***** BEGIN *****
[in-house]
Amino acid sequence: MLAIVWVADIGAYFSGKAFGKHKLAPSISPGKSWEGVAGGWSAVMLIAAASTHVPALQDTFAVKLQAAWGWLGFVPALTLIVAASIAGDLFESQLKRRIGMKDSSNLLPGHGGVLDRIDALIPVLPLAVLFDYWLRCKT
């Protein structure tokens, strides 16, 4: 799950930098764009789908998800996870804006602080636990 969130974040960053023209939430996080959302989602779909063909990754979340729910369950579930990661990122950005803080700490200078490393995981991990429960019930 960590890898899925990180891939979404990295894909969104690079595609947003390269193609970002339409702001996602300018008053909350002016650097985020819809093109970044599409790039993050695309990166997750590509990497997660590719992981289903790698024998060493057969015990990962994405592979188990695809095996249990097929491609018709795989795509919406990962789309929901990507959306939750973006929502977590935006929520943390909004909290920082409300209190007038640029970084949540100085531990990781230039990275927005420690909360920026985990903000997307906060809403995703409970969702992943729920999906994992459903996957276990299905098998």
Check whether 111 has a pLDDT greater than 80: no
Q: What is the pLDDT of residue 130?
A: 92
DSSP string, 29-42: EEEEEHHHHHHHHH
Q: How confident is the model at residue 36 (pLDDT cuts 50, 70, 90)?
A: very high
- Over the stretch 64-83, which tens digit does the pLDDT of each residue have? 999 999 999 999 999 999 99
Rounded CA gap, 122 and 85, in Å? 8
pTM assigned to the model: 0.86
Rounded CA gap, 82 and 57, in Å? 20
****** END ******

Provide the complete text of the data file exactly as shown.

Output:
[in-house]
Amino acid sequence: MLAIVWVADIGAYFSGKAFGKHKLAPSISPGKSWEGVAGGWSAVMLIAAASTHVPALQDTFAVKLQAAWGWLGFVPALTLIVAASIAGDLFESQLKRRIGMKDSSNLLPGHGGVLDRIDALIPVLPLAVLFDYWLRCKT
């Protein structure tokens, strides 16, 4: 799950930098764009789908998800996870804006602080636990 969130974040960053023209939430996080959302989602779909063909990754979340729910369950579930990661990122950005803080700490200078490393995981991990429960019930 960590890898899925990180891939979404990295894909969104690079595609947003390269193609970002339409702001996602300018008053909350002016650097985020819809093109970044599409790039993050695309990166997750590509990497997660590719992981289903790698024998060493057969015990990962994405592979188990695809095996249990097929491609018709795989795509919406990962789309929901990507959306939750973006929502977590935006929520943390909004909290920082409300209190007038640029970084949540100085531990990781230039990275927005420690909360920026985990903000997307906060809403995703409970969702992943729920999906994992459903996957276990299905098998």
Check whether 111 has a pLDDT greater than 80: no
Q: What is the pLDDT of residue 130?
A: 92
DSSP string, 29-42: EEEEEHHHHHHHHH
Q: How confident is the model at residue 36 (pLDDT cuts 50, 70, 90)?
A: very high
- Over the stretch 64-83, which tens digit does the pLDDT of each residue have? 999 999 999 999 999 999 99
Rounded CA gap, 122 and 85, in Å? 8
pTM assigned to the model: 0.86
Rounded CA gap, 82 and 57, in Å? 20